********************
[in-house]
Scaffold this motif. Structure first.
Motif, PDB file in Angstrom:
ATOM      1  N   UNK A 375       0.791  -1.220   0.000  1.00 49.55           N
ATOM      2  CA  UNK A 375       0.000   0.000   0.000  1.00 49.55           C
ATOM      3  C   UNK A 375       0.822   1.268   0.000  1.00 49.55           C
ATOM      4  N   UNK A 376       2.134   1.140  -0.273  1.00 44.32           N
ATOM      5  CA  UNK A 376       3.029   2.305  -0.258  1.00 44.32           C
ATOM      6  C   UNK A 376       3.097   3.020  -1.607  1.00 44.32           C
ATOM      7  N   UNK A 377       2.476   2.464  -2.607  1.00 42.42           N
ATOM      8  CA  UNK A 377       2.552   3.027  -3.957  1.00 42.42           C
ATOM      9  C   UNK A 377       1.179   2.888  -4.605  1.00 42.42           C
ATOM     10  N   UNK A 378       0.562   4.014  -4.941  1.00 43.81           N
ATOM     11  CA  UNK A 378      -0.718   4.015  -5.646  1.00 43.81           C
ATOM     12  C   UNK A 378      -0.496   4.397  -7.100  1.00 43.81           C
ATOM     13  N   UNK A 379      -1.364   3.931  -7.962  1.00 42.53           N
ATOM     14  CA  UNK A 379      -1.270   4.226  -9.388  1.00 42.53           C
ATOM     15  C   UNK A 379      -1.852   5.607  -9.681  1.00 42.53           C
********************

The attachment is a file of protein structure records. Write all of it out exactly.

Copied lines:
[in-house]
Scaffold this motif. Structure first.
Motif, PDB file in Angstrom:
ATOM      1  N   UNK A 375       0.791  -1.220   0.000  1.00 49.55           N
ATOM      2  CA  UNK A 375       0.000   0.000   0.000  1.00 49.55           C
ATOM      3  C   UNK A 375       0.822   1.268   0.000  1.00 49.55           C
ATOM      4  N   UNK A 376       2.134   1.140  -0.273  1.00 44.32           N
ATOM      5  CA  UNK A 376       3.029   2.305  -0.258  1.00 44.32           C
ATOM      6  C   UNK A 376       3.097   3.020  -1.607  1.00 44.32           C
ATOM      7  N   UNK A 377       2.476   2.464  -2.607  1.00 42.42           N
ATOM      8  CA  UNK A 377       2.552   3.027  -3.957  1.00 42.42           C
ATOM      9  C   UNK A 377       1.179   2.888  -4.605  1.00 42.42           C
ATOM     10  N   UNK A 378       0.562   4.014  -4.941  1.00 43.81           N
ATOM     11  CA  UNK A 378      -0.718   4.015  -5.646  1.00 43.81           C
ATOM     12  C   UNK A 378      -0.496   4.397  -7.100  1.00 43.81           C
ATOM     13  N   UNK A 379      -1.364   3.931  -7.962  1.00 42.53           N
ATOM     14  CA  UNK A 379      -1.270   4.226  -9.388  1.00 42.53           C
ATOM     15  C   UNK A 379      -1.852   5.607  -9.681  1.00 42.53           C